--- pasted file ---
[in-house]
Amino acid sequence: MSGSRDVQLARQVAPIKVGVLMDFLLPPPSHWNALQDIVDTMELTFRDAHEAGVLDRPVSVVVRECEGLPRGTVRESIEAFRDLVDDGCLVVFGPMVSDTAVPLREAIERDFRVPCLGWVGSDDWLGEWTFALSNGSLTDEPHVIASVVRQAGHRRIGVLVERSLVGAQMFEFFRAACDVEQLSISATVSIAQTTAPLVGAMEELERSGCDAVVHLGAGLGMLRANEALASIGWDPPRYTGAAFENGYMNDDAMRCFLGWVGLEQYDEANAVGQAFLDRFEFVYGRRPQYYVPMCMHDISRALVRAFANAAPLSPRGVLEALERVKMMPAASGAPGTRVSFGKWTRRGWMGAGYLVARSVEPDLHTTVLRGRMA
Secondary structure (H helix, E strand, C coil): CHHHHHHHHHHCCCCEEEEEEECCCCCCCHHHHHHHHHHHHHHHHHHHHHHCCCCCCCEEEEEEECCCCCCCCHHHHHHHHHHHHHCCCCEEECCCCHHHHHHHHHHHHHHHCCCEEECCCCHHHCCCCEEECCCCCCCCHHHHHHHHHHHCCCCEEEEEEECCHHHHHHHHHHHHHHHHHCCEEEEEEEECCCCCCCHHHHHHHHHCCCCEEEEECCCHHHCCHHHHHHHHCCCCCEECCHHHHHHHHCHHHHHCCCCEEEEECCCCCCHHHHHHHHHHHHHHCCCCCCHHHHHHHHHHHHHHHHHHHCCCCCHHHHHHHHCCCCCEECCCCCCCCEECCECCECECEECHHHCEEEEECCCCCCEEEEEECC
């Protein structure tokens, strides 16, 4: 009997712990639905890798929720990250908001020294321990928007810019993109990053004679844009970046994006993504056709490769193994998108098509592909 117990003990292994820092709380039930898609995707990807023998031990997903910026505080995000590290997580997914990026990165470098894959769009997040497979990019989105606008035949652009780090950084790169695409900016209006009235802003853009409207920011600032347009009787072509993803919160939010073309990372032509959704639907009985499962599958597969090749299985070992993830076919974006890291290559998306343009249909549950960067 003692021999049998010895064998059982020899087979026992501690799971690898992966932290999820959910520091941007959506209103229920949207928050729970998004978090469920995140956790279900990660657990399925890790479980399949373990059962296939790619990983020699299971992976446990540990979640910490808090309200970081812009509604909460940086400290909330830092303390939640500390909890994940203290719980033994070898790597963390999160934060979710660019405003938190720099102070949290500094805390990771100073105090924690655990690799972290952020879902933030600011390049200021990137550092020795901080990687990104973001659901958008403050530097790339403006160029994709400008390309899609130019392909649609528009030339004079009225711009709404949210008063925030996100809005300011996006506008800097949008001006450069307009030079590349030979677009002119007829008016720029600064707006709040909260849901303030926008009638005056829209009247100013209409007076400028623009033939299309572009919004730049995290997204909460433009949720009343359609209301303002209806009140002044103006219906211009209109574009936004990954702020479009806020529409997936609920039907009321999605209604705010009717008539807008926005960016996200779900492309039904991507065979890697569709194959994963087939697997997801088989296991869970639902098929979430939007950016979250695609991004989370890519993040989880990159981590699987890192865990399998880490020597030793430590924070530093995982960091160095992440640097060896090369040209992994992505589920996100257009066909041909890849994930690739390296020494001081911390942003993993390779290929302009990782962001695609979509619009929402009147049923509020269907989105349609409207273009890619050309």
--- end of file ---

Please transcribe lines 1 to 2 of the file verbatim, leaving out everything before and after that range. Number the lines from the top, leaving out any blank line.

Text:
[in-house]
Amino acid sequence: MSGSRDVQLARQVAPIKVGVLMDFLLPPPSHWNALQDIVDTMELTFRDAHEAGVLDRPVSVVVRECEGLPRGTVRESIEAFRDLVDDGCLVVFGPMVSDTAVPLREAIERDFRVPCLGWVGSDDWLGEWTFALSNGSLTDEPHVIASVVRQAGHRRIGVLVERSLVGAQMFEFFRAACDVEQLSISATVSIAQTTAPLVGAMEELERSGCDAVVHLGAGLGMLRANEALASIGWDPPRYTGAAFENGYMNDDAMRCFLGWVGLEQYDEANAVGQAFLDRFEFVYGRRPQYYVPMCMHDISRALVRAFANAAPLSPRGVLEALERVKMMPAASGAPGTRVSFGKWTRRGWMGAGYLVARSVEPDLHTTVLRGRMA